42 Trumpet Master Jeremy Pelt – Hard Bop and More

Jeremy Pelt

Emerging as a recording artist in 2002, trumpeter Jeremy Pelt’s warm tone and thoughtful improvisation initially brought hard bop legends Lee Morgan and Freddie Hubbard to mind. After two decades, his mature post-bop work evidences a willingness to experiment with sound and ensemble make-up. Miles Davis’s Second Great Quintet and his electric period both emerge as influences from time-to-time interspersed with straight ahead acoustic dates. You can count on Jeremy Pelt for inventive improvisation, impeccable tone, nuanced performance and a deep sense of the history of the music. Most recently he has published a book of his interviews with jazz luminaries accompanied by a disc of compositions based on this accumulated wisdom. Trumpet Master Jeremy Pelt in this hour of Jazz at 100 Today!

Much of Pelt’s 2010 release The Talented Mr. Pelt sounds as if it could have been recorded for Blue Note in the sixties and the recording was, in fact, engineered by the legendary Rudy Van Gelder, creator of that acoustic universe. With J.D. Allen in the front line on tenor saxophone, Danny Grissett on piano, Dwayne Burno on bass and Gerald Cleaver on drums, this disc was one of a sequence of Pelt’s High Note releases that channeled the energy and virtuosity of that heady hard bop period.

For his 2014 release Face Forward, Jeremy, Pelt assembled an electric ensemble with more than passing reference to classic late 60’s Miles Davis and Chick Corea sounds. This was the second of Pelt’s discs to feature tenor and soprano player Roxy Coss who was with him from 2012 – 2014, starting soon after her arrival in New York. Pelt’s composition Princess Charlie, written for his daughter, includes sweet soprano work by Coss, a “dancing” solo by Pelt and wordless vocals by Brazilian singer Fabiana Masili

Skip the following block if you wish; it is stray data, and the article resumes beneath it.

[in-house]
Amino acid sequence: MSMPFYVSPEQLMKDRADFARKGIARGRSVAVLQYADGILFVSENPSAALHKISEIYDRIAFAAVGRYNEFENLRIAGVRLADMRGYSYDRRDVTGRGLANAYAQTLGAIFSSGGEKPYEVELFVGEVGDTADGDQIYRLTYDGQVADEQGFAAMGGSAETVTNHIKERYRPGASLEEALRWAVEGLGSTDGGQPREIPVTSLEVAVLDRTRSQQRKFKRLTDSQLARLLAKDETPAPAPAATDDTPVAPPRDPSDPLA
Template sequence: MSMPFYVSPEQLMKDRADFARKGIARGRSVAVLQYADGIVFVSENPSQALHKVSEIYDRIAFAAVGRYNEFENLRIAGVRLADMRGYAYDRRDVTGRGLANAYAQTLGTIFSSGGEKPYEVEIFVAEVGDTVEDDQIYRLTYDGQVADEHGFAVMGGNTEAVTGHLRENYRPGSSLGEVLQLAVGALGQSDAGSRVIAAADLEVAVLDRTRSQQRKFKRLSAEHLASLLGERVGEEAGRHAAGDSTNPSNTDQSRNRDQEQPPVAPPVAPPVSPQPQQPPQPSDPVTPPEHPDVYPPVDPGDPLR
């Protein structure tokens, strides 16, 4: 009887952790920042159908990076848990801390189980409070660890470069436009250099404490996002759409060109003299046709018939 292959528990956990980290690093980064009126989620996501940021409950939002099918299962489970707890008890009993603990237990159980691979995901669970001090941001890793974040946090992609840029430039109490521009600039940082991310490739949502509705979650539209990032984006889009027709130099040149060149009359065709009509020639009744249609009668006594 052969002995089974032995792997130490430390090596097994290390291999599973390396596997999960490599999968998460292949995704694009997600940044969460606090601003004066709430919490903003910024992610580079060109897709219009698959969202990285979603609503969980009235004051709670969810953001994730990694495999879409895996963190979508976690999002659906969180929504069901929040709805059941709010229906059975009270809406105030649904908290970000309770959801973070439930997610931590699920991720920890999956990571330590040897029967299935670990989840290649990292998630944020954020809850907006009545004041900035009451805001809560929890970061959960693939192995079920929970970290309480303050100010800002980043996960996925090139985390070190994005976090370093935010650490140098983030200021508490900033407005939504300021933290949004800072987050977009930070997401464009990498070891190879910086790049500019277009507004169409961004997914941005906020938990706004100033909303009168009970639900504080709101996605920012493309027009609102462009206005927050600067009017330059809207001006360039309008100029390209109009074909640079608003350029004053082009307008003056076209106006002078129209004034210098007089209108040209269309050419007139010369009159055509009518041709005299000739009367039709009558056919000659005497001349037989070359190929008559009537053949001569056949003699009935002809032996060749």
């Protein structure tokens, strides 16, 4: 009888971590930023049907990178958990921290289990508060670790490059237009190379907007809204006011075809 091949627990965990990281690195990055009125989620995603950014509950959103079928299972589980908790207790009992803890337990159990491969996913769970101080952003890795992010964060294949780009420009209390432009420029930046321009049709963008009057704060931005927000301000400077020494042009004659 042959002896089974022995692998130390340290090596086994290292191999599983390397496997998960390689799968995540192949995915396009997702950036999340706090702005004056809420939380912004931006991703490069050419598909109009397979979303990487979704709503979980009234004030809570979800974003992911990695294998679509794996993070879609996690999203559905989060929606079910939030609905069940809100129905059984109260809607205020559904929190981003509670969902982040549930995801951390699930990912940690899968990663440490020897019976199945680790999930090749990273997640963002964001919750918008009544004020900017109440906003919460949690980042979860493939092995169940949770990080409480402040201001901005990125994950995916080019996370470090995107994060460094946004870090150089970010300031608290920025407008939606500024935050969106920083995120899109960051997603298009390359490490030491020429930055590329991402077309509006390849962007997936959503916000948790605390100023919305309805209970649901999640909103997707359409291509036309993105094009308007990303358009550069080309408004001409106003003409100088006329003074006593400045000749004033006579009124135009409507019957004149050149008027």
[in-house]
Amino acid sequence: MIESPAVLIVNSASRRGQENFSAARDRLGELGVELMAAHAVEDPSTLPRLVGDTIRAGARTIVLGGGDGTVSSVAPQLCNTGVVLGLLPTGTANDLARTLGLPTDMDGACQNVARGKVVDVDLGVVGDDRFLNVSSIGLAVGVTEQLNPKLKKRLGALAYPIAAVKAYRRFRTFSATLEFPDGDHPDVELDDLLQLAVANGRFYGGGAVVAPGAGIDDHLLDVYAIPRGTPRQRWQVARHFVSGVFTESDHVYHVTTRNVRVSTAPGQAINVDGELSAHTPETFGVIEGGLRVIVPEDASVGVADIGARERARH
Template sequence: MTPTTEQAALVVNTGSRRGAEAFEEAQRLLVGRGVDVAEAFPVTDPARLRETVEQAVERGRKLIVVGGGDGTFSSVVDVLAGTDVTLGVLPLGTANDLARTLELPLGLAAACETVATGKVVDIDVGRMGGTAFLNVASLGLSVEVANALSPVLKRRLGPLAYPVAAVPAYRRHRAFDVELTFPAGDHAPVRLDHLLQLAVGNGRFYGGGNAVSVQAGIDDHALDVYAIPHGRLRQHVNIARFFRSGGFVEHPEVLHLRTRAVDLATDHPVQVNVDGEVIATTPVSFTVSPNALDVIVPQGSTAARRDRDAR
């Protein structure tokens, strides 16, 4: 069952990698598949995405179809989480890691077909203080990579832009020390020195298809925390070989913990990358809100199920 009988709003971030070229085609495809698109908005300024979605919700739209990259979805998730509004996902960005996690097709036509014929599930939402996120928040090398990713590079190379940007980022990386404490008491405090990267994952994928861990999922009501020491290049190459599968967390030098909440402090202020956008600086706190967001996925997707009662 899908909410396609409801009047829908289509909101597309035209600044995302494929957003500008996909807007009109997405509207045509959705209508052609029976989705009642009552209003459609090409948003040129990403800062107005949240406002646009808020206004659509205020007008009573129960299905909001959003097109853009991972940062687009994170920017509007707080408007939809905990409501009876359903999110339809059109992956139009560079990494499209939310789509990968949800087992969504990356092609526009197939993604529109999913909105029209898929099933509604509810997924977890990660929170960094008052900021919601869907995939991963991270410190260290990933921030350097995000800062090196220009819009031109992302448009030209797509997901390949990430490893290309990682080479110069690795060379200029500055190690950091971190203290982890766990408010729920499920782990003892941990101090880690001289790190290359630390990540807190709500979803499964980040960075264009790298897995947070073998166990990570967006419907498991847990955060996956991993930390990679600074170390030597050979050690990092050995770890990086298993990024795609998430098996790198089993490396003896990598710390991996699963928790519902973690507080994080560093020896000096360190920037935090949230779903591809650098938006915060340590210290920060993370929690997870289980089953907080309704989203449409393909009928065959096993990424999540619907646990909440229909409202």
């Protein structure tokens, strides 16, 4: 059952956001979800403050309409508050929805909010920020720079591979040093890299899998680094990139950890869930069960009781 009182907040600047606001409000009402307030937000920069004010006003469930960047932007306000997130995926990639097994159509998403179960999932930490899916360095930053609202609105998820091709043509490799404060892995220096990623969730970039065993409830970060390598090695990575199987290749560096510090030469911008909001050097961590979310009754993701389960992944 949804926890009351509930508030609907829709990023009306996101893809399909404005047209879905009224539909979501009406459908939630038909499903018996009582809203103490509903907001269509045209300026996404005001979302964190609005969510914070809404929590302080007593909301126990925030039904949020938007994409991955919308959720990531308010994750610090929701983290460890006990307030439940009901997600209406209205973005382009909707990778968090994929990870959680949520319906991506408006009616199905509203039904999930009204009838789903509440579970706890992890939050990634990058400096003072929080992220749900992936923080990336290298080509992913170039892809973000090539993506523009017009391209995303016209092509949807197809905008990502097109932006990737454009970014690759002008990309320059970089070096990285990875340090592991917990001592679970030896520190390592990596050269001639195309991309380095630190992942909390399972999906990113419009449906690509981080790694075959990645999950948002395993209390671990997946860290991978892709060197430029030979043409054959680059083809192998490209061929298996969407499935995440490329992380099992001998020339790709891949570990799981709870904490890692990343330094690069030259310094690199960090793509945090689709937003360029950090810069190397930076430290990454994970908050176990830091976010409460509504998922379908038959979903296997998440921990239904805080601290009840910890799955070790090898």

Pelt’s next release, 2015’s Tales, Musings and Other Reveries takes another step in Miles’s direction. As David Whiteis writes in JazzTimes, “The Miles Davis influence is immediately evident in Jeremy Pelt’s timbre, phrasing, linear structures – even his tonguing technique… What sets him apart, however, is the context he creates – especially, in this case, the rhythmic context: two drummers, Billy Drummond and Victor Lewis, intertwine so unerringly that they sound like “one drummer with a split personality” (as Pelt puts it in his liner notes) … Pelt’s Harlem Thoroughfare teems with life; both its stop-start structure and Pelt’s twisty, skittering solo evoke New York traffic as well as the gait of an awestruck pedestrian stopping repeatedly to take in the vitality and wonder all around him.”

Pandora’s Box. Jeremy Pelt Quintet
(Jeremy Pelt-tp/flh, JD Allen-ts, Danny Grissett-p, Dwayne Burno-b, Gerald Cleaver-d). From The Talented Mr. Pelt. High Note. 2010.
Princess Charlie. Jeremy Pelt Sextet
(Jeremy Pelt-tp, Roxy Coss-ss/ts/bcl, David Bryant-p/org/key, Chris Smith-b, Dana Hawkins-d, Fabiana Masili-voc). From Face Forward, Jeremy. High Note. 2014.
Harlem Thoroughfare. Jeremy Pelt Quintet
(Jeremy Pelt-tp, Simona Premazzi-p, Ben Allison-b, Billy Drummond-d, Victor Lewis-d). From Tales, Musings and Other Reveries. High Note. 2015.

Jeremy Pelt’s 2016 release #Jiveculture, according to David Whiteis again, “… remains solidly postbop in feel and execution, with strong echoes of Miles Davis’ mid- to late-’60s work – lent authority here by the presence of Davis alum Ron Carter on bass … The opener, a Pelt original entitled Baswald’s Place, sets the tone. It’s propulsive yet leavened with meditative tranquility, braced by the charged swing of the rhythm section (pianist Danny Grissett and drummer Billy Drummond, along with Carter) … Pelt, meanwhile, attains a mellifluous, voice-like croon that’s neither sentimental nor ironically detached but straightforward in its emotional resonance. His ideas sound fresh and original, even if his milky, vibrato-free tone and judicious use of silence make clear his ongoing debt to Miles.”

For 2017’s Make Noise!, Pelt expands the quartet format with percussionist Jacquelene Acevedo joining pianist Victor Gold, bassist Vicente Archer and drummer Jonathan Barber. This disc mines a similar acoustic vein to its predecessor #Jiveculture with the addition of Afro-Latin colors.